Corey: Yeah.

George: There’s people that are writing content, there are people, and that could be repurposed. So now I’m gonna go back on my soapbox, podcast, and you know that-

Corey: Okay.

George:  I’ve doing a podcast for the last five years, 250 episodes. We do it for the brand of the organization.

Corey: Okay.

George:  First couple of years were a little rough because the executives were saying, “Why are we spending this money on this podcast? It’s a big investment of your time.” And then what started to happen, we would go into sales calls or conferences, and the buyers, our buyers, would say, oh, I listen to your podcast every week.

Corey: Sure.

George:  Then I didn’t have a problem in getting budget from the CEO to continue to expand the podcast.

Corey: Right.

George:  But it wasn’t easy to build a podcast.

– Right.

George:  It wasn’t. Nothing easy about it. So media companies are sitting there going, well, we’re gonna do podcasts and we’re gonna sell ads on them because that’s how they’re programmed. I wanna appeal, and you and I talked about this in the preamble, so you know where I’m going, I wanna appeal to the broadcasters out there. Why aren’t you selling the development of podcasts for brands in your market? Because the podcast that we use for our organization is a door opener and a reason to believe and a major part of the content strategy. Didn’t start out that way, by the way. It took time and iteration.

Corey: Right.

George: But it is hard. And if I’m a dentist, or I’m an implement dealer business, or I’m a local manufacturer that’s building some, I need a podcast because it’s a great way to connect with your audience. But if I don’t have some of the skills, how am I even gonna make one? How am I even gonna do it? Radio broadcasters have studios for days. They’ve got announcers for days. They’ve got writers for days. Start selling podcast creation to your customers in your local market.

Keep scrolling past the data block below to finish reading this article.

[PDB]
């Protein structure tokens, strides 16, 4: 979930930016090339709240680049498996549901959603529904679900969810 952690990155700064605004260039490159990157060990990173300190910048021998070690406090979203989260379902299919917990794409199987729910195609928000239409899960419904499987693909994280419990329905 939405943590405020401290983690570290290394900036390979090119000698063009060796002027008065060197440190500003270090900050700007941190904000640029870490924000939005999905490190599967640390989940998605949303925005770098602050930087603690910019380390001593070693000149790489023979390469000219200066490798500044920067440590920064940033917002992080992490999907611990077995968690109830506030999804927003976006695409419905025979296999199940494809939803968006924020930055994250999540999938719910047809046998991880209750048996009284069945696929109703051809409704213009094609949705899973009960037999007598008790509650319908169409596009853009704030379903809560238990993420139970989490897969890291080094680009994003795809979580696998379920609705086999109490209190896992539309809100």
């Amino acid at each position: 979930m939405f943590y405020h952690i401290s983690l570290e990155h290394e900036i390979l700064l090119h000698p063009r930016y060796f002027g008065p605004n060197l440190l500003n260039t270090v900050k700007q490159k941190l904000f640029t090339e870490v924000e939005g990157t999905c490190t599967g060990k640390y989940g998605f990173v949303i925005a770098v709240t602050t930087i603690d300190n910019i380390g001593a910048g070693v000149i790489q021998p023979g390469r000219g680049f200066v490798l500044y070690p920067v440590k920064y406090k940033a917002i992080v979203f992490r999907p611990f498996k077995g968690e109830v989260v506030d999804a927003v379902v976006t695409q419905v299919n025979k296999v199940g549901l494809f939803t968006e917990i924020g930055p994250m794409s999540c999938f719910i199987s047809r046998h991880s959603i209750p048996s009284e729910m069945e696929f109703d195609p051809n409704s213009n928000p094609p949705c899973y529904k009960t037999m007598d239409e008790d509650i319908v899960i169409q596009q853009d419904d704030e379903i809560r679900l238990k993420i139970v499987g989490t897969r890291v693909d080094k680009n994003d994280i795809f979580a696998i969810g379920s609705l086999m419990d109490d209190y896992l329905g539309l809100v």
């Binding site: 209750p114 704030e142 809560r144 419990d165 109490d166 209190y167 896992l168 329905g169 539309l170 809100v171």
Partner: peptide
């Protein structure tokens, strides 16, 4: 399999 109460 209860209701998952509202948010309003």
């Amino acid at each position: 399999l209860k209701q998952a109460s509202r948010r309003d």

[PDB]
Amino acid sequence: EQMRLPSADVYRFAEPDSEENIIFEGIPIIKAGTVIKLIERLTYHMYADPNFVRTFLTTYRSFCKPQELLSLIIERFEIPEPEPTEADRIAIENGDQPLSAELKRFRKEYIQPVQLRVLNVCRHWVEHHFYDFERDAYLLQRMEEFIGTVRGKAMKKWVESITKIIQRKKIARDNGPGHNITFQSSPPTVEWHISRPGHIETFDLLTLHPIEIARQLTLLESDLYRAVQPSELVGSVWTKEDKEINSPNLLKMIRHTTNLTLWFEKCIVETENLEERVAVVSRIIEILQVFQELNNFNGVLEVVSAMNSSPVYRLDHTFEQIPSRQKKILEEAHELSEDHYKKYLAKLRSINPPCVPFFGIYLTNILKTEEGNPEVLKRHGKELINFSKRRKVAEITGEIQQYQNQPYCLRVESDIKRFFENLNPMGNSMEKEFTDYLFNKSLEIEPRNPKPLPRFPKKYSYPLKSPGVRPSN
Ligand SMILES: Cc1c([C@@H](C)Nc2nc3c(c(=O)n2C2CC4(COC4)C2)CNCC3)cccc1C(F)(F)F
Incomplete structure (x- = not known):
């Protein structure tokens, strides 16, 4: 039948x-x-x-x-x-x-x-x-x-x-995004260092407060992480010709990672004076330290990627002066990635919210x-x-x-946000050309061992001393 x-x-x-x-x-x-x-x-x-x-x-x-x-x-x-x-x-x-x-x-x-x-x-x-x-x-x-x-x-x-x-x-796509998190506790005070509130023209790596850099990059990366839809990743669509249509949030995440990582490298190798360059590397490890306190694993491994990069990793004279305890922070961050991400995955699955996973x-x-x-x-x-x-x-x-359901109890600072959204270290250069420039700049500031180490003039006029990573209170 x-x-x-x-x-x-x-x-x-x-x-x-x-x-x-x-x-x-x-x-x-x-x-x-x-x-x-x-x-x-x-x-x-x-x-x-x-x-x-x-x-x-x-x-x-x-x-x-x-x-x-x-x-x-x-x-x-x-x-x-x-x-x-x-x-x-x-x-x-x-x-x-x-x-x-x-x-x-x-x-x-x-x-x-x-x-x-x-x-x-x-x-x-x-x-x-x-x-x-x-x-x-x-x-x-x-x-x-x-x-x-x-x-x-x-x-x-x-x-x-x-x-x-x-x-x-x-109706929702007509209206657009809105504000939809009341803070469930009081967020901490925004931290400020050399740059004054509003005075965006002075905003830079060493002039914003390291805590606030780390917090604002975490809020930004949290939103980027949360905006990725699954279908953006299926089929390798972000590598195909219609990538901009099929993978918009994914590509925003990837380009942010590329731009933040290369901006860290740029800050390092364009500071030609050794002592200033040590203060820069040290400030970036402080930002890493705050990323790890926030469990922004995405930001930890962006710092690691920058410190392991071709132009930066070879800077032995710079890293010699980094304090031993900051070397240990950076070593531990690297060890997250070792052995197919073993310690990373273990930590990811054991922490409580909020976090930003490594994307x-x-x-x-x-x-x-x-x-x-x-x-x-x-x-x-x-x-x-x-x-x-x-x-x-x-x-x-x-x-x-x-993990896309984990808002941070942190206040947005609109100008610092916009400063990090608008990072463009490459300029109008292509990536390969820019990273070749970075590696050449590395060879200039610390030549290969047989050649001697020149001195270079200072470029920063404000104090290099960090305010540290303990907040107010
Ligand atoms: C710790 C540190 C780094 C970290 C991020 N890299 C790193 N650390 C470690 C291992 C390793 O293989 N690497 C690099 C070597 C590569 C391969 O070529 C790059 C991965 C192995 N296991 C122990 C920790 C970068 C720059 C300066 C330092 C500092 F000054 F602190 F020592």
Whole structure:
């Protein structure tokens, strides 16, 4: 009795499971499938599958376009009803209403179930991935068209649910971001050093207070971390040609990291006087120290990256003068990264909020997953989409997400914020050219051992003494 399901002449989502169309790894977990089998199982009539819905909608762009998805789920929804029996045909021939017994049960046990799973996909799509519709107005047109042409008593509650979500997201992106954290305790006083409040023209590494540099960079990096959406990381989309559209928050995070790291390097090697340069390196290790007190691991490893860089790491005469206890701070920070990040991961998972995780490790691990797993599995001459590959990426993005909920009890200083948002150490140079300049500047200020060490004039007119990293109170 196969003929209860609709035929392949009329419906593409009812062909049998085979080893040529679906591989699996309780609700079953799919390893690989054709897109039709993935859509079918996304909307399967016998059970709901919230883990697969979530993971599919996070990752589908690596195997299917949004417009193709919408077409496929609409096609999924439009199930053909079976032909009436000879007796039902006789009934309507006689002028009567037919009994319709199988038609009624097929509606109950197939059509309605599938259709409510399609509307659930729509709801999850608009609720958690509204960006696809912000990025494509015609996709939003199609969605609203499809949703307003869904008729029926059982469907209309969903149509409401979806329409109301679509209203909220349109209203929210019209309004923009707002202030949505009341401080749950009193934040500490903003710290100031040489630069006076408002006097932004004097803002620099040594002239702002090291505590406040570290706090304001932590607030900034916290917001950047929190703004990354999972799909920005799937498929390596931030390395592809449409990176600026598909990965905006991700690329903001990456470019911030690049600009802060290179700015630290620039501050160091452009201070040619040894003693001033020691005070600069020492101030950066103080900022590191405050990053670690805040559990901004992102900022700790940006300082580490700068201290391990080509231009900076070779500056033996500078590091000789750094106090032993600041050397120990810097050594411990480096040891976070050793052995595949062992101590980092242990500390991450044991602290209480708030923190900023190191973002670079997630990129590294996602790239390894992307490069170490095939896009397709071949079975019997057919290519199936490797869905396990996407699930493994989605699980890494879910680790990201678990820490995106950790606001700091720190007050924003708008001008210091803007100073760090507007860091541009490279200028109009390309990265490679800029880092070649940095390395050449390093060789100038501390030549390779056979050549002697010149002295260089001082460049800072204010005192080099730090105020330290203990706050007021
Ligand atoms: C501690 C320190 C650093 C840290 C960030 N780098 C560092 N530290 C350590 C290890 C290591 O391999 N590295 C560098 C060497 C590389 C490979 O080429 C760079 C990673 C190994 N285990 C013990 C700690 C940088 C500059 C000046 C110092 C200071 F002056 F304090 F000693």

Corey: Right. But let’s discuss this a little bit. Here’s the challenge that a radio station has when it comes to it. ‘Cause it seems like a natural fit, right. Audio, audio, we got this. The whole nature of radio is time sensitive, right. I’m doing things up to date. I’m giving you the latest traffic information. I’m giving you the latest weather. I’m talking about things on, you know, that’s happening around us right now, which is an important role and they should keep doing that. However, podcasts are more storytelling, long form things that aren’t necessarily a time. So a lot of radio stations aren’t geared creatively for that. They would have to shift a little bit to that different kind of format and that different kind of storytelling. But it’s a natural fit still because you can do storytelling around profiling businesses. There’s no reason you can’t go to the local, whatever your local hardware store, and profile that business and turn that into a podcast. The other thing, you talked about talent, you know those are called influencers now. So radio stations are sitting on top of influencers. They have ’em already. They’re locked and loaded and ready to go. You take those and put ’em in a storytelling format, a lot of ’em will be successful, some of ’em might not be. But you’ll have a lot that can adapt to that. And that’s a great way to approach it too. And bringing the local back into it real quick, is being the local expert. There is, depending on your market, I think, an opportunity to be a local podcast or a podcast about a local area. And that would appeal to three groups. The people who live there, the people who moved away and are still interested in there, and the people that vacation there. That doesn’t necessarily, you know, that’s not every location in America, but take a good look, hard look at yourself, and say, man, do we have that, if we have that, that’s another thing that could be turned into a podcast kind of format.